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This directorial debut by the pasha of sexy teenage angst marks another entry in the because-I-say-so cinematic sweepstakes. Writer-director Kevin Williamson (the scribe behind Dawson’s Creek, Scream I and II, and The Faculty) marches in with an armful of givens and dumps them in the audience’s lap, and the audience’s allegiances and emotions are expected to follow from these presumptions, despite their implausibility.

It is a given, for example, that everyone at Grandsboro High School (couldn’t Mr. Williamson at least have made an effort?) hates and fears Mrs. Tingle (Helen Mirren), the sarcastic, hardass history teacher with a penchant for humiliating the slackers and destroying the achievers. At first, Mrs. T. appears to have sharp ears for blackmail possibilities—she wishes the school principal (Michael McKean) a happy birthday, to his bafflement, before amending: “Your AA birthday, of course.” Meow! Because we know neither of them well, it’s funny—maybe he deserves to have this choice informational nugget dangled before him.

But grownups, in Williamson’s by-now-suspect teen-centric standards, are always fair game; Mrs. Tingle collects plenty of incrimination or embarrassing secrets because she’s an old meanie, and the principal’s position makes him ipso facto a figure of pity. This behavior, by Williamson’s lights, becomes unforgivable when Mrs. Tingle brings it into the classroom. But despite her nasty turns of phrase, Mrs. T is not wrong in criticizing her scornful and/or moronic students. It’s supposed to be awful that she humiliates spunky budding actress Jo Lynn (Marisa Coughlan) for relating a bunch of specious historical untruths while impersonating Marilyn Monroe. Mrs. Tingle is absolutely correct in pointing out that all Jo Lynn’s history presentation has going for it is the distracting novelty of her white dress and wig, absent as it is of any facts. When smartass slacker hottie Luke (Barry Watson) dumps a stone on her desk and sneers, “Plymouth Rock,” the class giggles stoutly, as if he’s just given a rousing speech against administrative hypocrisy.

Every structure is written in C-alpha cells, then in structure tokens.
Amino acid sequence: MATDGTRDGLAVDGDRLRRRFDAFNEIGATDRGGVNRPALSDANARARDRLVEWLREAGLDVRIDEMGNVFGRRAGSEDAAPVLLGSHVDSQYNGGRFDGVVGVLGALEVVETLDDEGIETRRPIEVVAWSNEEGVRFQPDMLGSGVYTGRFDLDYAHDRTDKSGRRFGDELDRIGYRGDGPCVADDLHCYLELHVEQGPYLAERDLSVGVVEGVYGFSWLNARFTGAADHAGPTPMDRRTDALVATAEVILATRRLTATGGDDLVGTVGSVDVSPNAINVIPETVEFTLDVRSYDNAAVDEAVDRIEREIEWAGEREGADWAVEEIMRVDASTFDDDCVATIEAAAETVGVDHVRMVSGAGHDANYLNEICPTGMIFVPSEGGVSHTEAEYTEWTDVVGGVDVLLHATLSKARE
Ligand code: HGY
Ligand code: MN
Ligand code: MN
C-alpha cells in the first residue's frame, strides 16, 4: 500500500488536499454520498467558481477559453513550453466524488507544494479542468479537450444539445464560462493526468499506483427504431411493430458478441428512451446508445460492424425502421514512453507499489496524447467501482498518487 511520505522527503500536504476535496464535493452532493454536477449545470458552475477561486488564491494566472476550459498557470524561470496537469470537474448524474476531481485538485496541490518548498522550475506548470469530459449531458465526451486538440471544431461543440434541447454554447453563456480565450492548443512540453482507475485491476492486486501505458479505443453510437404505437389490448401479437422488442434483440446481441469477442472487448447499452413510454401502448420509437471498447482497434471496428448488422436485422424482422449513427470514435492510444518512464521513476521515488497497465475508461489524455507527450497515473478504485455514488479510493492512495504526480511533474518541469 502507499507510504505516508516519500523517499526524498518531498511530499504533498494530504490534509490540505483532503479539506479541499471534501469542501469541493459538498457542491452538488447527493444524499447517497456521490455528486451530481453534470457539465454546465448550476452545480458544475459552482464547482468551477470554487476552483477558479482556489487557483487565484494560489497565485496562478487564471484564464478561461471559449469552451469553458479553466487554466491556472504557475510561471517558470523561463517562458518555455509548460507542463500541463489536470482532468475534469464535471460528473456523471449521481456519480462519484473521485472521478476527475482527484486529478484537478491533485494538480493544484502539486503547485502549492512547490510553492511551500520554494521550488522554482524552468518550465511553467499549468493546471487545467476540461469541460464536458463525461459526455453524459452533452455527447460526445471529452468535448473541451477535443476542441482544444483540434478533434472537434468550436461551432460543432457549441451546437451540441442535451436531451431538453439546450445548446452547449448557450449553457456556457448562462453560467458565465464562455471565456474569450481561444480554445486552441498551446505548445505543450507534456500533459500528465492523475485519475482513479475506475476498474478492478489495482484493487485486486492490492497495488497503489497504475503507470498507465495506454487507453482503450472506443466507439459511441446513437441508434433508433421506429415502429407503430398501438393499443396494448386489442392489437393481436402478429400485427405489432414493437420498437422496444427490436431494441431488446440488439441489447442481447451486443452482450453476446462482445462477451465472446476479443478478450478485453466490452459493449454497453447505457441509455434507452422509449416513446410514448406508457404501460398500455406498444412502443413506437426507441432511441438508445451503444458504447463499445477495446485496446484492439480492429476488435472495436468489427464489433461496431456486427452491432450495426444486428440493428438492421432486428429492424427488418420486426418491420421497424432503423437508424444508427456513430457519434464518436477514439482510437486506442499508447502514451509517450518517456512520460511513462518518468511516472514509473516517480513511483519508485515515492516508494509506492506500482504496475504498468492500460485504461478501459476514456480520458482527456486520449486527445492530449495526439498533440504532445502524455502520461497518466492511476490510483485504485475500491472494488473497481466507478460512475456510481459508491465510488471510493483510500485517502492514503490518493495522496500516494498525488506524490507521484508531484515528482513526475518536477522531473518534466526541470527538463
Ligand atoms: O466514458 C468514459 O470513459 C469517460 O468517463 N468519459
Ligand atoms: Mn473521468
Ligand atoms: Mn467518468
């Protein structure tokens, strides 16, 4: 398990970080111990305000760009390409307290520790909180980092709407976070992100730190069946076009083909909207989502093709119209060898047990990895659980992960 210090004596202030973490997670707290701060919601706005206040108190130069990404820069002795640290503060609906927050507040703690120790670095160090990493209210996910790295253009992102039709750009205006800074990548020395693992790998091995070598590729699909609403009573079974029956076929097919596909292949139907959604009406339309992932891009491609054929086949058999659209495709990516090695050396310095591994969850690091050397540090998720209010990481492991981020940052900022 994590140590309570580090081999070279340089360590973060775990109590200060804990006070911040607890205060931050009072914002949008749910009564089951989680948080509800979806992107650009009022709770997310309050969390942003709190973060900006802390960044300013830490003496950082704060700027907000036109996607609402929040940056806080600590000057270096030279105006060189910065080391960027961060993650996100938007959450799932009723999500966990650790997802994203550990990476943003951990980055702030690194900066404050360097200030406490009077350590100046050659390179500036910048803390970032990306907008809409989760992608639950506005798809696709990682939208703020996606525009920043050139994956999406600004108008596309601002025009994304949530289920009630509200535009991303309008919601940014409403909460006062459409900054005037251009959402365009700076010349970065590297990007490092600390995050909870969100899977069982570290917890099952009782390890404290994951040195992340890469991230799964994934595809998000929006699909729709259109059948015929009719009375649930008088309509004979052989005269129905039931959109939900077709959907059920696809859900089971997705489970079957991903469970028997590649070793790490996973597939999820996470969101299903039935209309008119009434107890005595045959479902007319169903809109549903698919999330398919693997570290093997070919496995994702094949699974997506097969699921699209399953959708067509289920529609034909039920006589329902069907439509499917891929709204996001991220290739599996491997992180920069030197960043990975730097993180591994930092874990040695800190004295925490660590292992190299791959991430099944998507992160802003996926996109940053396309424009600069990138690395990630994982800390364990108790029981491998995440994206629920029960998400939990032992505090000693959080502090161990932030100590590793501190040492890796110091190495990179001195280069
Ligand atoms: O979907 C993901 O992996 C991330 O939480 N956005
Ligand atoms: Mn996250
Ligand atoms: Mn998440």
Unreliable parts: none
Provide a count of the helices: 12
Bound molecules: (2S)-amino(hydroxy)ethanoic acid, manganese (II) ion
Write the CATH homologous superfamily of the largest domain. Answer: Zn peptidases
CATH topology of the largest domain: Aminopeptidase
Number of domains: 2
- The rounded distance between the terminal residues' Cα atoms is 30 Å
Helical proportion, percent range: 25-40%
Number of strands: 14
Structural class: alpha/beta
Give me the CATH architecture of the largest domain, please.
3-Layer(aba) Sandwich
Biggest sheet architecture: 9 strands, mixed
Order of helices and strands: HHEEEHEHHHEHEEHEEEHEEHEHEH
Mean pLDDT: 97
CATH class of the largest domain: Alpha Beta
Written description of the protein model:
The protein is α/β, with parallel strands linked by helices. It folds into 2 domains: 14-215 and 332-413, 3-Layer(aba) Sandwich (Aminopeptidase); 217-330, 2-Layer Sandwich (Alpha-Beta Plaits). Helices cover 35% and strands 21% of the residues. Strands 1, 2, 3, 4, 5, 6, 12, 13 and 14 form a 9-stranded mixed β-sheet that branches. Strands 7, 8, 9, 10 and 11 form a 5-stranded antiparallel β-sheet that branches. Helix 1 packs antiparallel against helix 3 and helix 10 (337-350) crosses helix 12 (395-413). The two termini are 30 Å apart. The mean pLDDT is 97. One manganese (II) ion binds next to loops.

And what does she do to poor put-upon Leigh Ann (Katie Holmes), the smartest girl in school and the one who works hardest so that she may escape the fate of her diner-waitress mom (Lesley Ann Warren—and, say, between this and Drop Dead Gorgeous, there seems to be a paralyzing fear in Hollywood of ending up a waitress; resonances, anyone?)? She cruelly ignores the girl’s project and instead picks apart the ambitions and fears that led to such an elaborate undertaking—a leather-bound daily journal of an accused teenage witch in 17th-century Salem. Unfair, but also unnecessary. I suppose Williamson could hardly see his script through the tears, which is why Mrs. Tingle overlooks the fact that, despite Miss Priss’ meticulous research, they didn’t burn witches in Salem; they were hanged.